Power Brokers and Record Breakers
The 1960s were blessed with a legion of good-hitting left fielders … in both major leagues.
Here’s my rundown of the top 10 left fielders of the 1960s, based on a combination of their offensive prowess and their stellar defense.
1. Lou Brock – If Maury Wills resurrected the stolen base as an offensive weapon in the 1960s, Lou Brock took the art of stealing bases to another level and paved the way for super stealers to come like Tim Raines and Ricky Henderson. For “Sweet Lou,” the stolen base was just one facet of his offensive arsenal. He was the spark plug for a St. Louis Cardinals team that won it all in 1964. Playing in 103 games after being acquired from the Cubs, Brock hit .348 and scored 84 runs, with 9 triples, 12 home runs, 44 RBIs and 33 stolen bases. Brock finished his career with the Cardinals, collecting 3,023 hits and, at the time, the career record for stolen bases with 938.
2. Carl Yastrzemski – For 23 seasons, all with the Boston Red Sox, Carl Yastrzemski owned left field in Fenway Park, and was probably the American League’s best all-around left fielder throughout the 1960s. During that decade (he joined the Red Sox in 1961), Yaz won 3 batting titles, a Triple Crown and MVP in 1967, and 5 Gold Gloves.
3. Rocky Colavito - Rocky Colavito played outfield for 6 different teams during the 1960s. He hit 45 home runs with 140 RBIs for Detroit in 1961, and led the American League with 108 RBIs as a member of the Cleveland Indians in 1965. From 1960 through 1966, Colavito averaged 32 home runs and 101 RBIs per season. He hit 374 home runs over his 14-season career.
4. Billy Williams – Billy Williams started the 1960s as the National League Rookie of the Year and ended the decade on the verge of setting the NL record for consecutive games played (which he did in September of 1970 with 1,117). In between he did nothing but hit, hit, hit. He batted a combined .292 for the decade, averaging 27 home runs and 94 RBIs per year. (He would win a batting title in 1972.)
5. Willie Horton – The Detroit Tigers left fielder was the team’s most dangerous power hitter through the second half of the 1960s, averaging 27 home runs and 89 RBIs per year. Willie Horton’s best overall year was 1968, when he hit .285 with 36 home runs. He hit 325 home runs over an 18-year career, the first 15 with the Tigers. Horton drove in over 100 RBIs in a season 3 times, the last at age 36 for the Seattle Mariners … 106 RBIs in his next-to-last season.
6. Rico Carty – "Beeg Mon" could hit. In his rookie year of 1964, Rico Carty finished second in the National League in hitting with a .330 average. He also swatted 22 home runs with 88 RBIs, although he never put up huge power number during his career (topping 100 RBIs only once in a 15-year career). He hit .300 or better in 9 out of the next 11 years, winning the National League batting title in 1970 with a .366 average. Carty finished with a career batting average of .299.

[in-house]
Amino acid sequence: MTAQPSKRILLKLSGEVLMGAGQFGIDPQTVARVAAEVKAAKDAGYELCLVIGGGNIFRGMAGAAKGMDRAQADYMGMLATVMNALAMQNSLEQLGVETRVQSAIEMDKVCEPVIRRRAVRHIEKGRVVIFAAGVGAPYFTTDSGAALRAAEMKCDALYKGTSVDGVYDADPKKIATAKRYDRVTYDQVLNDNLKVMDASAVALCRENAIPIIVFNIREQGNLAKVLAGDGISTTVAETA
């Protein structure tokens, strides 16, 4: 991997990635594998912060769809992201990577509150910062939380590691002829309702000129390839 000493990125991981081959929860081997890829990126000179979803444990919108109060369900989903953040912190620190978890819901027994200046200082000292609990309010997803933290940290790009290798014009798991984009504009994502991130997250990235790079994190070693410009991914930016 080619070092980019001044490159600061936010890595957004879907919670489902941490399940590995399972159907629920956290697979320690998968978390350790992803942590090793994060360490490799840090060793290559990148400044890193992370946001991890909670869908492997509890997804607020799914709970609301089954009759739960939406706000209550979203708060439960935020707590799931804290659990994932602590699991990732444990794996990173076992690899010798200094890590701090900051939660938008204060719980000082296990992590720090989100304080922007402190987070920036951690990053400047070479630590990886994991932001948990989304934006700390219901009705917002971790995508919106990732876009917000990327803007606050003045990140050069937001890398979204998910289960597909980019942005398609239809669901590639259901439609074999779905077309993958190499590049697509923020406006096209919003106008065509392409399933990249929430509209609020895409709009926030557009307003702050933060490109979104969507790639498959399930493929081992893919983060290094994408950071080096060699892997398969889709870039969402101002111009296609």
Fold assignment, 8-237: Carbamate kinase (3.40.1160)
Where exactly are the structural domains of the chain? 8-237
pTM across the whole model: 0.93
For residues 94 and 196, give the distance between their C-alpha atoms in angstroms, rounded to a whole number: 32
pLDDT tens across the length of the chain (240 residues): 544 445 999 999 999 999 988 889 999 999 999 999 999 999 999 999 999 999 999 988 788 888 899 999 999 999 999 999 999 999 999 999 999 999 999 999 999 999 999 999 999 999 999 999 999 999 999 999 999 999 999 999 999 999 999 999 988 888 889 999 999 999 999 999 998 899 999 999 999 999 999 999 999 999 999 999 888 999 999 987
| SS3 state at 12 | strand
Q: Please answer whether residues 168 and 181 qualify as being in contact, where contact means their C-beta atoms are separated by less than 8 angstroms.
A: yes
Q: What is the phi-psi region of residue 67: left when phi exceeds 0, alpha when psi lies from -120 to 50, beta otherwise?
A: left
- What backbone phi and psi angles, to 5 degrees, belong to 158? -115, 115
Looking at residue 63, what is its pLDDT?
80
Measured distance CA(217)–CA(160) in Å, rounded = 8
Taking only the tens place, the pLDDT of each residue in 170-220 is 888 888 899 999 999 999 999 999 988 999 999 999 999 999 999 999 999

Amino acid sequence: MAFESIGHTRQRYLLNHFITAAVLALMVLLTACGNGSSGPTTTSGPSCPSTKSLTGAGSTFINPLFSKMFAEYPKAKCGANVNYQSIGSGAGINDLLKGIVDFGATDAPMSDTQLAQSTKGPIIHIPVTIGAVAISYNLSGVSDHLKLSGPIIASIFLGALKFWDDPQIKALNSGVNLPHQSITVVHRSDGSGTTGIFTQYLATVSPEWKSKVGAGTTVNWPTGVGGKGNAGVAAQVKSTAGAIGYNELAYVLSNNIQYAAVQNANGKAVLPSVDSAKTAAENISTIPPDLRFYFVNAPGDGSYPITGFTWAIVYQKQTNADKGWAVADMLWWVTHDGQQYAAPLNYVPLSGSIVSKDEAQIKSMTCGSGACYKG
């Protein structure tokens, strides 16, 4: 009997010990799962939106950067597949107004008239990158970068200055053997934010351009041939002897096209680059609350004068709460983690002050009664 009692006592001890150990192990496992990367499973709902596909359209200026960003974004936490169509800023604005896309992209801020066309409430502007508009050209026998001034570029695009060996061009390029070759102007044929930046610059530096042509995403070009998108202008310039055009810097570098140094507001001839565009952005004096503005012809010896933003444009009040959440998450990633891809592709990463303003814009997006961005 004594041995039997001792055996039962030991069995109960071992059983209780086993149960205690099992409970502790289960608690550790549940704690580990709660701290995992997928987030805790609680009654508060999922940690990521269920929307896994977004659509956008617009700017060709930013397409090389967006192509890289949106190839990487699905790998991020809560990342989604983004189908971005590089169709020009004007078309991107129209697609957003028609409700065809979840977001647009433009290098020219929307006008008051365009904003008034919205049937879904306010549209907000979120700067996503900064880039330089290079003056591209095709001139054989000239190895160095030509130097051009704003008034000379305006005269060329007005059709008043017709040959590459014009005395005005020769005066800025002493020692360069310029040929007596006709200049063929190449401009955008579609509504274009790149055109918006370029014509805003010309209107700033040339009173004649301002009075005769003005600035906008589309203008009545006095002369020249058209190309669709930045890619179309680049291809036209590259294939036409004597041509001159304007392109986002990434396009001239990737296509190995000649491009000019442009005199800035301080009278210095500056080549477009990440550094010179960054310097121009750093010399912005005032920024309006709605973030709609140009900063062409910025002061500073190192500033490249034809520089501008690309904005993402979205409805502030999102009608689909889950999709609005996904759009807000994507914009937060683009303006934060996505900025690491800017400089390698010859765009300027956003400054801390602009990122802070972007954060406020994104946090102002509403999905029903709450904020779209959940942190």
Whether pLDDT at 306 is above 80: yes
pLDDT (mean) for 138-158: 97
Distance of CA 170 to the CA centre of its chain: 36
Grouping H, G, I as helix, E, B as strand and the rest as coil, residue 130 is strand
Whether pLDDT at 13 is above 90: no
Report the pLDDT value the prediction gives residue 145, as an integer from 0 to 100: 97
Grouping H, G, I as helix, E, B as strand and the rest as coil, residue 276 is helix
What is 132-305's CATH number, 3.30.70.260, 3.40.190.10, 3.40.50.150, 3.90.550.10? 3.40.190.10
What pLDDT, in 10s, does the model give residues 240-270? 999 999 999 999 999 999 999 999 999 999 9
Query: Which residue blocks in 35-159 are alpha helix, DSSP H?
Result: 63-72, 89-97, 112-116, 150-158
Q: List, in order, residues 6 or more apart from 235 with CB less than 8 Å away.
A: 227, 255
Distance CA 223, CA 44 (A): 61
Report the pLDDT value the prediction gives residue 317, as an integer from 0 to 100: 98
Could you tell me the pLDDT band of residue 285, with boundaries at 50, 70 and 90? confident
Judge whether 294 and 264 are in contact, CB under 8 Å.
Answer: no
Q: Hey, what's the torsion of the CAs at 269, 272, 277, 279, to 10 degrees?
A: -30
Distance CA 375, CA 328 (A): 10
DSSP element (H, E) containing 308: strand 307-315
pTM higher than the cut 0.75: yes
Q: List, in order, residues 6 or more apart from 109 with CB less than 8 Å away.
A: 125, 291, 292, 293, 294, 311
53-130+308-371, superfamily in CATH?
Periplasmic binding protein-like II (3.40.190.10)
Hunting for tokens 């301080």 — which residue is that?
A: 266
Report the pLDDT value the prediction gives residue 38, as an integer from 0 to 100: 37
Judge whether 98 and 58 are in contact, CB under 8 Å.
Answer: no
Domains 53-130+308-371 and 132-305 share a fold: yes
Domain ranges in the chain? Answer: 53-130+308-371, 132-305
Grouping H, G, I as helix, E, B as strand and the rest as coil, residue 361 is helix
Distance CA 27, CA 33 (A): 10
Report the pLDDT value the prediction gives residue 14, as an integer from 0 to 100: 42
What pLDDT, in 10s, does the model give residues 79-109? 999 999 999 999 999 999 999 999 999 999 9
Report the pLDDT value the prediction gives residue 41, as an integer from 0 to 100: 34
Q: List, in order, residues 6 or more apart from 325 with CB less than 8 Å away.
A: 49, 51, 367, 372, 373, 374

7. Frank Howard – Frank Howard swung the bat with authority, and hit the ball frequently for someone who swung so hard. At his best in the late 1960s, he was the most feared power hitter in the American League. In 1968, Howard batted .274 with 106 RBIs, leading the majors in home runs (44), slugging percentage (.552), and total bases (330). He was even better in 1969, when he hit .296 with 111 RBIs and a career-best 48 home runs. Howard finished with 382 career home runs.
8. Leon Wagner - Leon Wagner played outfield for 5 teams in the 1960s. “Daddy Wags” twice had 100-RBI seasons: 107 (with 37 home runs) for the Los Angeles Angels in 1962, and 100 (with 31 home runs) for the Cleveland Indians in 1964. Over a 12-season career, mostly with the Angels and Indians, Wagner hit .272 with 211 home runs.
9. Willie Stargell – Willie Stargell’s Hall of Fame career was just getting started in the 1960s, with his best years to come. From his 1963 rookie season through 1969, Stargell averaged 80 RBIs per year and topped 100 RBIs twice. He finished his 21-season career – all with the Pittsburgh Pirates – with 475 home runs.
10. Tommy Davis – Tommy Davis came out of nowhere in the early 1960s to lead the National League in hitting not once but twice (.346 in 1962, .326 in 1963). He also led the league in hits (230) and RBIs (153) in 1962. Davis never again achieved that kind of RBI performance, though he drove in more than 80 runs 5 more times in his 18 years in the majors, finishing with a career batting average of .294.